Doc Seems to me the best on-line stations, like the best over-the-air stations—few as there are—sound like somebody who knows their stuff, playing their record collection for you.
Bill Which is the old underground FM radio system.
Doc Not many people have observed that the fundamental flaw with commercial radio is that its customers and consumers are different populations. That's a disadvantage noncommercial broadcasting does not have. The listeners are the customers. And on the Net it's easy to put out a pay jar so people can compensate the broadcaster for the service. Can't do that with a car radio.
Bill That payment system seems to work remarkably well at Radio Paradise.
Bill Here's my experience. For about a year or so people would occasionally write me and say ”Hey, I'd like to pay for this. Do you accept donations?“ And I'd always write back and say, ”No, no. Keep your money.“ Until one day my wife and I were sitting around trying to figure how the hell we're going to pay for all this. And we said, ”Y'know, people have been offering to give us money. Wonder what would happen if we made that possible?“ So we put up the link and did a very, very low-key promotion—maybe once or twice a day on the stream—and a little blurb in the news section of the web site and a little link down at the bottom of the page. In the first month we got about $2,000 in donations. Which is about $2,000 more than we made the month before. Now we've got a target of $3,000, and we get about $3,000-$3,500 every month, plus another $300-$400 in affiliate program stuff, like with CDNOW.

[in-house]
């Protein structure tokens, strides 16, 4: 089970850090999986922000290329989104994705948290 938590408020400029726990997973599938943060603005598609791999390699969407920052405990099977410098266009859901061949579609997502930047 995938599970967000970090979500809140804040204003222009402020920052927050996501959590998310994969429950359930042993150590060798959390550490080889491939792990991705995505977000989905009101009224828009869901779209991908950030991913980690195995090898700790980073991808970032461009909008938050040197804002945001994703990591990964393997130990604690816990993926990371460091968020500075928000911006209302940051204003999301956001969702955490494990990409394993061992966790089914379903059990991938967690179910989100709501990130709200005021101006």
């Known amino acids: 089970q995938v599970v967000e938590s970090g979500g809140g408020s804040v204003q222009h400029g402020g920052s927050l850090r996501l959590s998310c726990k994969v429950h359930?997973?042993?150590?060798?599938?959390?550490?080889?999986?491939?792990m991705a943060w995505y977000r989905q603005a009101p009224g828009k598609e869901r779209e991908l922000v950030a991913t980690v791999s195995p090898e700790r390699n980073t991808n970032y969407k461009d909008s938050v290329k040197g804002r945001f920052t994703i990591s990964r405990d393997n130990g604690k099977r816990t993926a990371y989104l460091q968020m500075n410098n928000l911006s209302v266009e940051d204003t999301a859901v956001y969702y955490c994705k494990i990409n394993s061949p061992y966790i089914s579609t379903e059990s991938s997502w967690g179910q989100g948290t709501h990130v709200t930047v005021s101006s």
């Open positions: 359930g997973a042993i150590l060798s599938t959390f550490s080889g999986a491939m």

Doc Since when?
Doc And that covers you?
Bill That's enough so I can drop a number of consulting projects I had been doing.
Doc Not bad for being this early in the game.